Posted in Rewatch, Star Trek, Television shows, tv reviews

The Rewatch 2: Where No Man Has Gone Before

Series: Star Trek (The Original Series)
Episode: 1.03 Where No Man Has Gone Before (9/22/66)
Rating: 4/5
Redshirt Status: 11/15/15

Notable Guest Stars:

Gary Lockwoord – Lt. Commander Gary Mitchell. He starred in the 1968 film 2001: A Space Odyssey
Sally Kellerman – Dr. Elizabeth Dehner. She was the original Margaret Houlihan in M*A*S*H


This episode is actually the second pilot made for CBS, and was the one that won them the green light for the series. Most of the cast changes from the original, and there is a completely new Captain. It was the third aired, as they did not air in production order. I am not entirely sure why, other then the Man Trap which they said was because it had a horror theme and thought it would attract viewers.

It was written by Samuel A Peeples, and directed by James Goldstone.

The episode does have some awkward issues in continuity with the rest of the series. For one, they are traveling outside the galaxy, rather then exploring the Alpha Quadrant (which actually may be a term adapted in TNG). The uniforms are different, in both good and negative ways. Also the team we are so used to aren’t completely onboard yet.

You might notice I skipped episode 2 (Charlie X). I really dislike that episode. Since I don’t believe it moves the plot in any way nor did I really want to watch it, I decided to skip it.

In this episode, they come across a flight recorder of a ship lost 200 years ago sent out to explore the universe. They bring it on board, and end up going through a barrier at the edge of the galaxy that leaves them damaged, and 9 crew members dead. Also changed is Lt. Commander Gary Mitchell who now has silver eyes, and Dr. Elizabeth Dehner, the ships psychologist.

Spock, researching the Vailant’s tape recorder realises that it seems teh ship was under distress due to an increase in cremembers having ESP. This seems supported as Gary becomes increasingly powerful and non-chanlant about those around him.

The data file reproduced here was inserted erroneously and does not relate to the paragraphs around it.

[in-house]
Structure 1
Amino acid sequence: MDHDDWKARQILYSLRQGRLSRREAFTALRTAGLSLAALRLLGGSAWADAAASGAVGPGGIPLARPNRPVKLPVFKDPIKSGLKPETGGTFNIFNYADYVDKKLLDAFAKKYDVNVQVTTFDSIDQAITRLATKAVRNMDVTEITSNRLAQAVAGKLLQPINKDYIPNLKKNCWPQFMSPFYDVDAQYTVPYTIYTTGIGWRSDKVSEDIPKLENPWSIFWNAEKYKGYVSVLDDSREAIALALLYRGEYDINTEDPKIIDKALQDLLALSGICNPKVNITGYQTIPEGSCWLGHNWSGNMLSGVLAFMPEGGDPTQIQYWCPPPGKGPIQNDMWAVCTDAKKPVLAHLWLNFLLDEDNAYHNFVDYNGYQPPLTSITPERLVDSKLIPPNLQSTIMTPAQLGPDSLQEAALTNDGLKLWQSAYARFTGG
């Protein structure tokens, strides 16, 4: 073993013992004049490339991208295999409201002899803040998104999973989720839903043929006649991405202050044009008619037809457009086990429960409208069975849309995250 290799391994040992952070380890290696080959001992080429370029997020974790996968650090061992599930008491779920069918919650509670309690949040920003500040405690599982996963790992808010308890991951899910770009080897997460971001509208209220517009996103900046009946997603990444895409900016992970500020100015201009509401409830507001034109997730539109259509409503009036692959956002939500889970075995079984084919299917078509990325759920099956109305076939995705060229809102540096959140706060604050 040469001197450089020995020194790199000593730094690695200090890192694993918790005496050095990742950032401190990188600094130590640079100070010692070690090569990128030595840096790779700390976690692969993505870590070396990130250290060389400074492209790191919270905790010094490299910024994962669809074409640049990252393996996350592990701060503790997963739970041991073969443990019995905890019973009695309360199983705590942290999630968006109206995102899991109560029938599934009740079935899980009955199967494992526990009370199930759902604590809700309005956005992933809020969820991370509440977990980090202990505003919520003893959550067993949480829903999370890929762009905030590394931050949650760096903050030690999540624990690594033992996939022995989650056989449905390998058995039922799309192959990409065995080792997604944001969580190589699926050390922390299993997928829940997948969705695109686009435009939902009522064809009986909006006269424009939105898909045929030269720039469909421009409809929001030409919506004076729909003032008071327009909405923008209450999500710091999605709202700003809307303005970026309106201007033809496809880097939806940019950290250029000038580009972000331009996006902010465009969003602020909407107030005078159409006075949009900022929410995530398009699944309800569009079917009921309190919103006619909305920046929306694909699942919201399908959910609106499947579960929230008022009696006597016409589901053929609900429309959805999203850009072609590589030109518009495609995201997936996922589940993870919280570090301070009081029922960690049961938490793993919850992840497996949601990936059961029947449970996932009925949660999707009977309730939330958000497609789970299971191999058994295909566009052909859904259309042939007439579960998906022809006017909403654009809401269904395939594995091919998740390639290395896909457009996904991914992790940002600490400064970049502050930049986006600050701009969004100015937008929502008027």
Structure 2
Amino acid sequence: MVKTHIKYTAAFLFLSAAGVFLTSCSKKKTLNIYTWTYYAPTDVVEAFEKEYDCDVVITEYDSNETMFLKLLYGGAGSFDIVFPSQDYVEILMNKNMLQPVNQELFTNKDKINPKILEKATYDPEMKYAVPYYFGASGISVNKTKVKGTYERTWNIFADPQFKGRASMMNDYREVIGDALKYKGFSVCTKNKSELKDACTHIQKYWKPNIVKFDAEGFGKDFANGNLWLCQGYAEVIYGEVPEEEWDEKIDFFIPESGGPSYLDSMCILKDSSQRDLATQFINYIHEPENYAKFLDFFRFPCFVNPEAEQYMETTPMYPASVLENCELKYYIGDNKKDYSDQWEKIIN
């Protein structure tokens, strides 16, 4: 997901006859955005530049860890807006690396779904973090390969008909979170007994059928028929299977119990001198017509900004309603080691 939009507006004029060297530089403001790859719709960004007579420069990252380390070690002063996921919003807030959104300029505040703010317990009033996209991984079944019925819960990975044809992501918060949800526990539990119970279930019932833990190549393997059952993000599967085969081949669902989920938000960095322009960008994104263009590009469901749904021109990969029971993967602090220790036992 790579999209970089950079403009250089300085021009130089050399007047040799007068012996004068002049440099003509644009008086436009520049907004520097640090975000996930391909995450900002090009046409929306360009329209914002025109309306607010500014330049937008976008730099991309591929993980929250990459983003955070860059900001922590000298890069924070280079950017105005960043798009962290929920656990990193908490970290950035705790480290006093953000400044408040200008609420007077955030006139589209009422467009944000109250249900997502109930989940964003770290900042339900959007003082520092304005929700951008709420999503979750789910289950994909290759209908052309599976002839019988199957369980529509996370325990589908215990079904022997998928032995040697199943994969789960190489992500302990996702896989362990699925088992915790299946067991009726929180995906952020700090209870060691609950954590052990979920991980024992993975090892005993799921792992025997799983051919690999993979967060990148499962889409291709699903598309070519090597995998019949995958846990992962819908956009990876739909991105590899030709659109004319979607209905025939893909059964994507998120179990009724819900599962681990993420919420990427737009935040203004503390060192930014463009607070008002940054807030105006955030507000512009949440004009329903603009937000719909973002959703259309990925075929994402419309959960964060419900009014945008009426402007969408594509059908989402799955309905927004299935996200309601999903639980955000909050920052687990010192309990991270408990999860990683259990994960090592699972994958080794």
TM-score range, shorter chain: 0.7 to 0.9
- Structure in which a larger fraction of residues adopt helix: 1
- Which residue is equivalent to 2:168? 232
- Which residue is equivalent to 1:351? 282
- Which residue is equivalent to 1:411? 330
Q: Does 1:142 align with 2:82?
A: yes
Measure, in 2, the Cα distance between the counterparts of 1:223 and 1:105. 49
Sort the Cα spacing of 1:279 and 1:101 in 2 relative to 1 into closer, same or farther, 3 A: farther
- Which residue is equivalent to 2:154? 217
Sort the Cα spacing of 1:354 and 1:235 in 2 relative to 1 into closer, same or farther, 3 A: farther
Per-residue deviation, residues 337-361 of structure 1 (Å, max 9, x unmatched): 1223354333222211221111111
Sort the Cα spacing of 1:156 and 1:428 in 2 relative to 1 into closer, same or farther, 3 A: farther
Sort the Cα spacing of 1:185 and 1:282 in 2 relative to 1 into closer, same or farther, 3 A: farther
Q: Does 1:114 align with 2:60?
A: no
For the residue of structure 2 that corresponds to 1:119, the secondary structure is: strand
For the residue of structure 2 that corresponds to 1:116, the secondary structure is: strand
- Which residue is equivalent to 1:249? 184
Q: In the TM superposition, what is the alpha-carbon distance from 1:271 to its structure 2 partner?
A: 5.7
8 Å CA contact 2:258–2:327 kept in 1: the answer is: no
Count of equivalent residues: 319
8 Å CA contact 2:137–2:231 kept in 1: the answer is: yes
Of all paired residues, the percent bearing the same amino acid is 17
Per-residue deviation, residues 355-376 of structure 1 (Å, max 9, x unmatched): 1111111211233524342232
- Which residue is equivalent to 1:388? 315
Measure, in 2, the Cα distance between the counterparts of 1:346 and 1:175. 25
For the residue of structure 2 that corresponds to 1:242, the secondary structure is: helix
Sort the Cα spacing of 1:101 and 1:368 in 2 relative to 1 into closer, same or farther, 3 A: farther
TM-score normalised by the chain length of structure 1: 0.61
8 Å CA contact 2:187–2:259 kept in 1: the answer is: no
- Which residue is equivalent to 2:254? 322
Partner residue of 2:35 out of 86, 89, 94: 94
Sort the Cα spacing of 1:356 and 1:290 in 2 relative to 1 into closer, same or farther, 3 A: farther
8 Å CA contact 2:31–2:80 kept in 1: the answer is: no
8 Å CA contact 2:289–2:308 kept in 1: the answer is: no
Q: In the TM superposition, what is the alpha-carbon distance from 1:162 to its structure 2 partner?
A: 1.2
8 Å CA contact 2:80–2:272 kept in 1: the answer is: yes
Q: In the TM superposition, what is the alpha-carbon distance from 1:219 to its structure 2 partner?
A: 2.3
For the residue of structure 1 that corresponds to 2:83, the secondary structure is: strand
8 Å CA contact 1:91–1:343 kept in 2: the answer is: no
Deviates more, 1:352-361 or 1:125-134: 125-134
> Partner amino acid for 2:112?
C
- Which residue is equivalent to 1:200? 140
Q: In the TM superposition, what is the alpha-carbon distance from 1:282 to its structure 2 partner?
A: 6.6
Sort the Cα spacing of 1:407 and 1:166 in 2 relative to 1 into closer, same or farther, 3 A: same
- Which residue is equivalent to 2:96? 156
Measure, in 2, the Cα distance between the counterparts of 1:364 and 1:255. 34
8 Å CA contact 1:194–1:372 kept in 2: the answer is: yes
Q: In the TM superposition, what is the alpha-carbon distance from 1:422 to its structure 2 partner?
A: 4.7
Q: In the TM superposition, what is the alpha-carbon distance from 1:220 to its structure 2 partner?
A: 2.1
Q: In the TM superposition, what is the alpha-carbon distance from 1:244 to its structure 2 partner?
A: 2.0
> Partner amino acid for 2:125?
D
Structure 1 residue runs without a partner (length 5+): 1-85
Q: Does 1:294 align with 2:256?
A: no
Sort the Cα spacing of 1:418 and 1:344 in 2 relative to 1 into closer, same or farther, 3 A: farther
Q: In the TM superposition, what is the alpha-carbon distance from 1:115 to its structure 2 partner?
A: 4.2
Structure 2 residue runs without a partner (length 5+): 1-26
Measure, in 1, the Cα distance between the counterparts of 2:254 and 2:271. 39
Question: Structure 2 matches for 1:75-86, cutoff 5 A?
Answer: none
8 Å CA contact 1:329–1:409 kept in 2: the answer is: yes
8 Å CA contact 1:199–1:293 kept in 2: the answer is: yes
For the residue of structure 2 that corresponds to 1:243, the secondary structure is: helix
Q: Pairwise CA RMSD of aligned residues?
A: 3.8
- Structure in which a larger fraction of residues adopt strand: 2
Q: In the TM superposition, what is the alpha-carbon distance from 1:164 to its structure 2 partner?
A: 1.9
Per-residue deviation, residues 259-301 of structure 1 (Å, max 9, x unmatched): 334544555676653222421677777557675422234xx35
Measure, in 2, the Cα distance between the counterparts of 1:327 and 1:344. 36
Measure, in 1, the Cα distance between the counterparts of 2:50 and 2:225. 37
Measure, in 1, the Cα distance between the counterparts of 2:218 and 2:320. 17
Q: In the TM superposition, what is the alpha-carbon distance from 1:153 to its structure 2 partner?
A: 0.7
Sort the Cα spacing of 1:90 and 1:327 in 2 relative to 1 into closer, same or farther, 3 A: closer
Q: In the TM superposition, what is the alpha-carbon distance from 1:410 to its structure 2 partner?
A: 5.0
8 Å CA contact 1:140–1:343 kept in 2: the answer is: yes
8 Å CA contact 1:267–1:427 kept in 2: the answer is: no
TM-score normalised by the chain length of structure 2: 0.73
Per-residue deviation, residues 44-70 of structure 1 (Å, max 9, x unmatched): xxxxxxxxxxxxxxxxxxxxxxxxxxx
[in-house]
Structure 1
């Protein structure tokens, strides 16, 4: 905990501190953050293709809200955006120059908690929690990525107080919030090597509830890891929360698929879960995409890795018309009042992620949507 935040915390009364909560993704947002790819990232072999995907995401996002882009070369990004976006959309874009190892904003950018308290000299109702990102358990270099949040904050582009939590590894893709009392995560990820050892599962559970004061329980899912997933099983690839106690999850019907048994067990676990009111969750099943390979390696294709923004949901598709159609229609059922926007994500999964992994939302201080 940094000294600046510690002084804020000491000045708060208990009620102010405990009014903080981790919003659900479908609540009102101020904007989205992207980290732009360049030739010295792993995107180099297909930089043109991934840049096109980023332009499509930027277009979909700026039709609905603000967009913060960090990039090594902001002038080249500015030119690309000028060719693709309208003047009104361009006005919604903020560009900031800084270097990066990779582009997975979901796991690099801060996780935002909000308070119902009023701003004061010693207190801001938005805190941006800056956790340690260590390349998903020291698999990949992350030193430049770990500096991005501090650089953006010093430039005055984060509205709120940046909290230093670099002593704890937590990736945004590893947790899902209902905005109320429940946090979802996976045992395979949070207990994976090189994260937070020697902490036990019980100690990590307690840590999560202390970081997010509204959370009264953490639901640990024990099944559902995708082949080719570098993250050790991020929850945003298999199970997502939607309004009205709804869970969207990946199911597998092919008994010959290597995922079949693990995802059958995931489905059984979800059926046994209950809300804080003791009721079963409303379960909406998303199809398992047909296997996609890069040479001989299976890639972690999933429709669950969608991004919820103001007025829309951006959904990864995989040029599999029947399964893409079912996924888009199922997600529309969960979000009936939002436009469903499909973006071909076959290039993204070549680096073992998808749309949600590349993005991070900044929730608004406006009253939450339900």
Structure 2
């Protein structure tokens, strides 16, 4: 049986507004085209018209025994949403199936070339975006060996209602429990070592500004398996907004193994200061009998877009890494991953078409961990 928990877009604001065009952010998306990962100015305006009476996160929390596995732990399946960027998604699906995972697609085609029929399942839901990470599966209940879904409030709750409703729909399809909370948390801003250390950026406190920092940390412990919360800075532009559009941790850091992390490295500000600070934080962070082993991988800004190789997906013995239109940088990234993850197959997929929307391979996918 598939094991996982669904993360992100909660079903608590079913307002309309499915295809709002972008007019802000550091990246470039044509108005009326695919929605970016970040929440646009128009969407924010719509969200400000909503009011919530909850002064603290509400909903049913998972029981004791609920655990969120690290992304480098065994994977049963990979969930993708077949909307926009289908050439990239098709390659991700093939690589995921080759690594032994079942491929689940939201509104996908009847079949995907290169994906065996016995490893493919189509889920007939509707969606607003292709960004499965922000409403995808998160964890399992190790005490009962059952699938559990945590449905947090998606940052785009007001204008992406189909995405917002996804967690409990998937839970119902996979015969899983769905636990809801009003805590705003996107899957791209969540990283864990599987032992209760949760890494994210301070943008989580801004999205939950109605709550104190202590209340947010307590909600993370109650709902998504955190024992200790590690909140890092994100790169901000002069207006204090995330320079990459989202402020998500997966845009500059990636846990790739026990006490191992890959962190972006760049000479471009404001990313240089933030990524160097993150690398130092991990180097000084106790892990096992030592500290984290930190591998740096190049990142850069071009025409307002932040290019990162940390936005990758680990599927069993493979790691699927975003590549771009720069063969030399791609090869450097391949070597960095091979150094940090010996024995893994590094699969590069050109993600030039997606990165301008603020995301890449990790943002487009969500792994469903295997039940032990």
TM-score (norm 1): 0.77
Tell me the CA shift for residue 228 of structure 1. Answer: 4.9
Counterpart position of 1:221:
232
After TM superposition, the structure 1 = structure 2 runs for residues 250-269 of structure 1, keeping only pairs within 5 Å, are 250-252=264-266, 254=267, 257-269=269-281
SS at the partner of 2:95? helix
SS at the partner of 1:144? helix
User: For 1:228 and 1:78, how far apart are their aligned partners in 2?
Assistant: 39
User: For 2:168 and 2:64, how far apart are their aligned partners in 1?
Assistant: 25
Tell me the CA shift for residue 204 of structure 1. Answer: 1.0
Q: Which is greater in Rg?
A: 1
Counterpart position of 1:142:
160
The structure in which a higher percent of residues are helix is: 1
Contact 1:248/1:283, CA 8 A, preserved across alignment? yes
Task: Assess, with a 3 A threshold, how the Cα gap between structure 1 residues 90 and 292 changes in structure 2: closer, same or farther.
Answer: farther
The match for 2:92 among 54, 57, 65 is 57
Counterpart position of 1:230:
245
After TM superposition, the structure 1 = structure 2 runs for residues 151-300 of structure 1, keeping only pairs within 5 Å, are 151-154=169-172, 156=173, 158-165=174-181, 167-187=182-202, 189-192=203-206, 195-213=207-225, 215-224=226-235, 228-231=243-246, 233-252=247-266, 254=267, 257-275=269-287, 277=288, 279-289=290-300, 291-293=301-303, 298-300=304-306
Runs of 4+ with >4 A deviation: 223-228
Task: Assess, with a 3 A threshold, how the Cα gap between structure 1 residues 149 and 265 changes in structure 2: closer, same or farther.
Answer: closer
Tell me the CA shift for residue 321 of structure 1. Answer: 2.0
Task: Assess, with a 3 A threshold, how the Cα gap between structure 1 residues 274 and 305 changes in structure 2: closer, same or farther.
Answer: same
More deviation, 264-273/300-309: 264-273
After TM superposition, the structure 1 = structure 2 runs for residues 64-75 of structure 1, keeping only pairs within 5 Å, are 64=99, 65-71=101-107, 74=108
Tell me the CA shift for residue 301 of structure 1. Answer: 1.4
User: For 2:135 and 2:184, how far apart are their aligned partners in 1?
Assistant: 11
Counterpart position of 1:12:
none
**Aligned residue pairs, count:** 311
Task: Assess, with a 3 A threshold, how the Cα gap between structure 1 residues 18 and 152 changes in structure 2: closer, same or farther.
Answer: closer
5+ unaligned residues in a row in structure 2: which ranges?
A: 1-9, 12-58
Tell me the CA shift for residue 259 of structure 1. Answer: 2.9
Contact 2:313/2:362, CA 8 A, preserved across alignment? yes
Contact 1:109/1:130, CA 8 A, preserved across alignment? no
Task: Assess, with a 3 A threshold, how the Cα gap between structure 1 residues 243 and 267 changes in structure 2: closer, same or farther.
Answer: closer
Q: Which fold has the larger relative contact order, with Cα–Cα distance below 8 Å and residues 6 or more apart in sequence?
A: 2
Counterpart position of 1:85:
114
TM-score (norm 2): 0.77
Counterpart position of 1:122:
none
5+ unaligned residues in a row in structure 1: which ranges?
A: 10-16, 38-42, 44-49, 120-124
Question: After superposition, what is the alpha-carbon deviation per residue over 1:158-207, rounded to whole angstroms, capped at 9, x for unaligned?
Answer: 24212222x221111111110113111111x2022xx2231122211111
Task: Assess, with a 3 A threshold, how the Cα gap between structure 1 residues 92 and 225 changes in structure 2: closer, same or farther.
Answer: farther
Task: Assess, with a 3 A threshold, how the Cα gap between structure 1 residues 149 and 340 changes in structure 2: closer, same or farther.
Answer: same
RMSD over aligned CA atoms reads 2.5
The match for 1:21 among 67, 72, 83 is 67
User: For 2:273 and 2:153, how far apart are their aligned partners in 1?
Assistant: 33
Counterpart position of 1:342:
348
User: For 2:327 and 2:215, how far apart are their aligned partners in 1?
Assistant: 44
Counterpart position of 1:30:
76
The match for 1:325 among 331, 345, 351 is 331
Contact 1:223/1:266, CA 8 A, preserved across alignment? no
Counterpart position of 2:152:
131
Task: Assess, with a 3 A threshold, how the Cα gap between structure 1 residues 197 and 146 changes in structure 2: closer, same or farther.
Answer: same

He seems uber focused on Kirk, though, which I don’t know if its because out of all those on the ship Kirk knows him the best or its because of Kirk’s rank. He doesn’t seem like that great of a friend, and doesn’t seem to hold any respect for fellow officers. I’m not entirely sure what his rank was, but I am guessing it might have been First Officer or chief of navigation (which could be why Sulu gets the position afterwards). It’s possible its both. This episode was vague on where he fit.

I also have to wonder about the continuity between this episode and the later episodes produced. Particularly where this doctor went and why, and also why the sudden change in uniform.

Overall, this episode was a good one. It built the characters reasonably, and the plot wasn’t horrible either, though I think more fit for perhaps the arc style writing of later Science fiction shows.

Interesting Notes:

  • Kirk is portrayed as much more academic in this episode then in popular culture renditions of him. He likes to read a lot, used to teach courses at the Academy while he was a Lieutenant (I believe in another episode it is said he also taught hand-to-hand fighting skills). You also find out he almost married a lab tech that Gary Mitchell set him up with (see cons) which defies his later player status.
  • I like they have their version of an e-reader.
  • They have tinfoil in a contact to make the eye effect.
  • He is James R. Kirk here. Born April 11, 2324 died April 24, 2324, (according to this Stardate Calculator). I’m guessing they weren’t expecting people to want real dates. Although it could also be ascribed to Gary being wacko. According to Memory Alpha several books give reasons for this, including the whole episode being from an alternate reality).


  • This episode establishes a lot of character background and development. At least for Kirk. Maybe Spock.
  • There are some amazing matte paintings for the backgrounds.


Gary Mitchell. He really comes off as a jerk, even before his powers manifest. We are supposed to believe that he is Jim Kirk’s best friend but it really doesn’t seem like it. He admits to setting Kirk up with a girl, telling the girl what to say and what to do. Which sounded extra bad when you find out Kirk almost married her. The books appear to try and explain it all, but from a TV-only perspective he seems a bit of a jerk.


A thirty-something Graphic Designer and writer who likes to blog about books, movies and History.

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